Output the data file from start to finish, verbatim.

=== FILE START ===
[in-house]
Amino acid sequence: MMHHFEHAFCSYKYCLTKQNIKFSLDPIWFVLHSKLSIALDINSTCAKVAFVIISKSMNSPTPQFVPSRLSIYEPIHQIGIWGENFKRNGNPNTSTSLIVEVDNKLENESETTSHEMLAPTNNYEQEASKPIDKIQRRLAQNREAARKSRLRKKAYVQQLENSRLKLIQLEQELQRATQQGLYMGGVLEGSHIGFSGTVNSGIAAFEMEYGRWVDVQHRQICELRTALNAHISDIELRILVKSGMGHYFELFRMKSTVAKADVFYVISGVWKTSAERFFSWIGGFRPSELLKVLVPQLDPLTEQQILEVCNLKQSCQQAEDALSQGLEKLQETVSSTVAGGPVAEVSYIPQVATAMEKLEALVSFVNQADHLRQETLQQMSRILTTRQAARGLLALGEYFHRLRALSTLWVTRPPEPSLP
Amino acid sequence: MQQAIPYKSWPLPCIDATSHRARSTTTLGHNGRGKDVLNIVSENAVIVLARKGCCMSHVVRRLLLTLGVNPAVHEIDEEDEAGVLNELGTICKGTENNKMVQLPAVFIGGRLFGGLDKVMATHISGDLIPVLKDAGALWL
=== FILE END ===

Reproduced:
[in-house]
Amino acid sequence: MMHHFEHAFCSYKYCLTKQNIKFSLDPIWFVLHSKLSIALDINSTCAKVAFVIISKSMNSPTPQFVPSRLSIYEPIHQIGIWGENFKRNGNPNTSTSLIVEVDNKLENESETTSHEMLAPTNNYEQEASKPIDKIQRRLAQNREAARKSRLRKKAYVQQLENSRLKLIQLEQELQRATQQGLYMGGVLEGSHIGFSGTVNSGIAAFEMEYGRWVDVQHRQICELRTALNAHISDIELRILVKSGMGHYFELFRMKSTVAKADVFYVISGVWKTSAERFFSWIGGFRPSELLKVLVPQLDPLTEQQILEVCNLKQSCQQAEDALSQGLEKLQETVSSTVAGGPVAEVSYIPQVATAMEKLEALVSFVNQADHLRQETLQQMSRILTTRQAARGLLALGEYFHRLRALSTLWVTRPPEPSLP
Amino acid sequence: MQQAIPYKSWPLPCIDATSHRARSTTTLGHNGRGKDVLNIVSENAVIVLARKGCCMSHVVRRLLLTLGVNPAVHEIDEEDEAGVLNELGTICKGTENNKMVQLPAVFIGGRLFGGLDKVMATHISGDLIPVLKDAGALWL